The law on surrogacy and parental responsibility
In the UK, if a couple or person wants to start a family using a surrogate, they should be aware of the legal way to become parent(s).
What is surrogacy?
Surrogacy is an arrangement in which a person agrees to carry and give birth to a child for another person or couple. This may be because they are unable to conceive, choose not to or cannot carry a child themselves.
The surrogate may use their own egg, a donor egg or the egg of the intended parent for this process. In order for the surrogacy to proceed, at least one of the intended parents must be genetically related to the baby through either their sperm or egg.
Who is a child’s legal parent at birth?
When the child is born, the surrogate is considered the legal mother and therefore has parental responsibility. If the surrogate is married or in a civil partnership, their spouse/partner will have parental responsibility too. This is the case even if the child is not the surrogate’s biological child, i.e. not conceived from one of her eggs, also known as gestational surrogacy. Once the Parental Order has been made, the surrogate and their spouse/partner will lose the legal right to be the child’s parents.
If the surrogate is unmarried and sperm from the child’s intended father has been used, he will already be considered the legal father and can obtain parental responsibility and be named on the birth certificate. If a clinic has been used for the surrogacy process, then the surrogate can appoint the intended mother or a non-biological father as the second parent. A Parental Order will still be required, in any event.
What are the criteria for a Parental Order?
Obtaining a Parental Order has certain criteria that must be met before the formal process can begin. These include:
- Either there is one intended parent, e.g. a single parent, or, if there are two intended parents, they are married/in a civil partnership or in an enduring family relationship together (same-sex couples and co-parents are eligible to apply for Parental Orders as joint applicants. In some circumstances separated couples will still qualify as being in an enduring family relationship).
- Any intended parent(s) must be aged over 18.
- The intended parent(s) (or at least one of them) are genetically related to the child.
- The child must live with the intended parent(s) at the time of the application and they must be domiciled within the UK.
- The Parental Order must be applied for within six months of the child’s birth (although the court does have discretion to extend this time limit in exceptional circumstances).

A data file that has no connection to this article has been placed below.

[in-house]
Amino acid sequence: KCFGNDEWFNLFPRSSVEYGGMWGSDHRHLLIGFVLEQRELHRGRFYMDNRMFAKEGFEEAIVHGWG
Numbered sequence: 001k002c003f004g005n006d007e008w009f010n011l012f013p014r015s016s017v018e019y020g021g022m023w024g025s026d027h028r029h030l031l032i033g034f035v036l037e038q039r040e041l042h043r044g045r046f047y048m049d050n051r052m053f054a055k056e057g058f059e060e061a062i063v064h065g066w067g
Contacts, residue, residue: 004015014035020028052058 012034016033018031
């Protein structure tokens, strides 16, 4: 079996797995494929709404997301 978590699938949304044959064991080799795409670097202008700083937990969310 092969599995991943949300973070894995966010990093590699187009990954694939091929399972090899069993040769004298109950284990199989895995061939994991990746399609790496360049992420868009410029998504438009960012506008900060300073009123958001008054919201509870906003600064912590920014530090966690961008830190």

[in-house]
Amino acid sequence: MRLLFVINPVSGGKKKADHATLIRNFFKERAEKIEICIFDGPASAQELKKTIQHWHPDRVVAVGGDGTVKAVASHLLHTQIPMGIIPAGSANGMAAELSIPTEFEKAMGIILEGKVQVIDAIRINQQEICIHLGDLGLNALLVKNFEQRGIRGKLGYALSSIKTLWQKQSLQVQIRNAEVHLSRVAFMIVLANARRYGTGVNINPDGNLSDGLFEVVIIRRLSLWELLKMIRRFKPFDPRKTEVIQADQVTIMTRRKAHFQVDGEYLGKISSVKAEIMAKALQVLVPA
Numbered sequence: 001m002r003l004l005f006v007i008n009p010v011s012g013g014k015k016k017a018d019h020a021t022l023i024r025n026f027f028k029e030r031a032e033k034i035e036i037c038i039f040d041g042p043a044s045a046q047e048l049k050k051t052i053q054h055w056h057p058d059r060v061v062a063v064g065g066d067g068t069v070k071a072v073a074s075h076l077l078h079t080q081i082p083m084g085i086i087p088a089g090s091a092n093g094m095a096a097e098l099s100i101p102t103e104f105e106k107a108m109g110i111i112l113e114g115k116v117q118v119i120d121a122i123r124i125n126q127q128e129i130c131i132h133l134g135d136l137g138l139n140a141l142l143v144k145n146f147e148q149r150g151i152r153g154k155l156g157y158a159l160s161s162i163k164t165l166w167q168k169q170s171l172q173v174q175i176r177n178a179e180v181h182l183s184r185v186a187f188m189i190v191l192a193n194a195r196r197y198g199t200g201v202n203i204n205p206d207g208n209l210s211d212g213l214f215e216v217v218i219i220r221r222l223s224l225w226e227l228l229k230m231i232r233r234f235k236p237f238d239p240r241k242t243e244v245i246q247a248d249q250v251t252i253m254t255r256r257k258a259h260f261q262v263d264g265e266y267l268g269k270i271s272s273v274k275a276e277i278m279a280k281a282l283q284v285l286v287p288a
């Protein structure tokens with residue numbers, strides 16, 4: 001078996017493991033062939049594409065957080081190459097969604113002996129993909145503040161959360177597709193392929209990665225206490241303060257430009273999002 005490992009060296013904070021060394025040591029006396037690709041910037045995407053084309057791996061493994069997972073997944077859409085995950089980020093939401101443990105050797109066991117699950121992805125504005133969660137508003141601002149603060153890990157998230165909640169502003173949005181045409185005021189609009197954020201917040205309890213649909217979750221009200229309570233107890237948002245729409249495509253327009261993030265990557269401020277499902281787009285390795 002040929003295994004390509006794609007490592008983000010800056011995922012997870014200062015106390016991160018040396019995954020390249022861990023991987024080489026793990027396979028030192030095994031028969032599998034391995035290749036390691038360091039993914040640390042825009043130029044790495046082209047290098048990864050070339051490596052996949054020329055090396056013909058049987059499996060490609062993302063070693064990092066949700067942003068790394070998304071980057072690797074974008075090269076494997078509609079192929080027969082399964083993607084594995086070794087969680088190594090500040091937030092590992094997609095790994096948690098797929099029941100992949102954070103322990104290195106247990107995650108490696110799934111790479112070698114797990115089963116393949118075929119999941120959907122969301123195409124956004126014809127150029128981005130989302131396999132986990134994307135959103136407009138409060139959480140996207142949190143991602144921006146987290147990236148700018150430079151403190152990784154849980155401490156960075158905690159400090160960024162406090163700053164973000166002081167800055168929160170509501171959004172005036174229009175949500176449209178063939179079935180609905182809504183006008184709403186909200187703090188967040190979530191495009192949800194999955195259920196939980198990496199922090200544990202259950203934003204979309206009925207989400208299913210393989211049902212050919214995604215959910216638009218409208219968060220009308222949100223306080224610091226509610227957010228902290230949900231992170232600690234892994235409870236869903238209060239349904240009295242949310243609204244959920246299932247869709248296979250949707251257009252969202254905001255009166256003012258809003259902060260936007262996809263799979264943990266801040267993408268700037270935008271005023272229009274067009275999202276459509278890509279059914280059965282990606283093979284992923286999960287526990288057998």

- The child was carried by a surrogate as a result of assisted reproduction techniques, i.e. was not conceived naturally.
- The surrogate and anyone else who is treated as a legal parent at birth must consent to the application being made more than six weeks after the child’s birth.
- Any payments which were not for expenses reasonably incurred have been approved by the court.
Without a Parental Order in place, the child’s intended parent(s) will not have legal parenthood rights even if the child was conceived using their sperm and/or one of their eggs. If they have no such biological link to the child, then the only option is an adoption order. If this is the case, a UK adoption agency will have to be involved with the surrogacy process from the start.
Surrogacy law reforms
A consultation period on surrogacy law ran between 6th June and 11th October 2019, after the publication of a paper, ‘Building families through surrogacy: a new law’. A final report setting out recommendations for the reform has since been prepared.
The paper proposed the following reforms:
- To replace Parental Orders with a new surrogacy pathway to allow most parents to be legal parents from the moment of birth.
- To introduce specific regulations for surrogacy arrangements and safeguards such as counselling and independent legal advice to reduce the risk of arrangements breaking down.
- To allow international surrogacy arrangements to be recognised in England and Wales, on a country-by-country basis.
A move away from the traditional ‘mother and father’ approach
The HFEA 2008 consolidated previous legislation to ensure that the law adapts to fit the evolving scientific and social background of the 21st century. The relevant sections came into force on 6th April 2009 and apply to children conceived on or after that date.
This provision has moved away from the traditional mother and father approach to ‘parentage’. Significantly, it provides for a mother and another parent who may or may not be the father. This allows for female-sex parenting and for parenting by those who are not the biological parents of the child.
The notion of the ‘other parent’ has become much more inclusive, catering for same-sex parenting and parenting by those who are not a child’s biological parents. Nevertheless, there are still calls for reform to assert the rights of the commissioning parents from the outset to allow for these arrangements to be enforceable but most importantly, to provide for greater certainty and stability for the newly born child where issues can arise.
Contact our surrogacy solicitors in Bristol
The law around donor conception and surrogacy can be quite complex. To find out more information about Parental Orders, surrogacy or surrogacy disputes, contact our specialist fertility and LGBTQ+ lawyers in Bristol.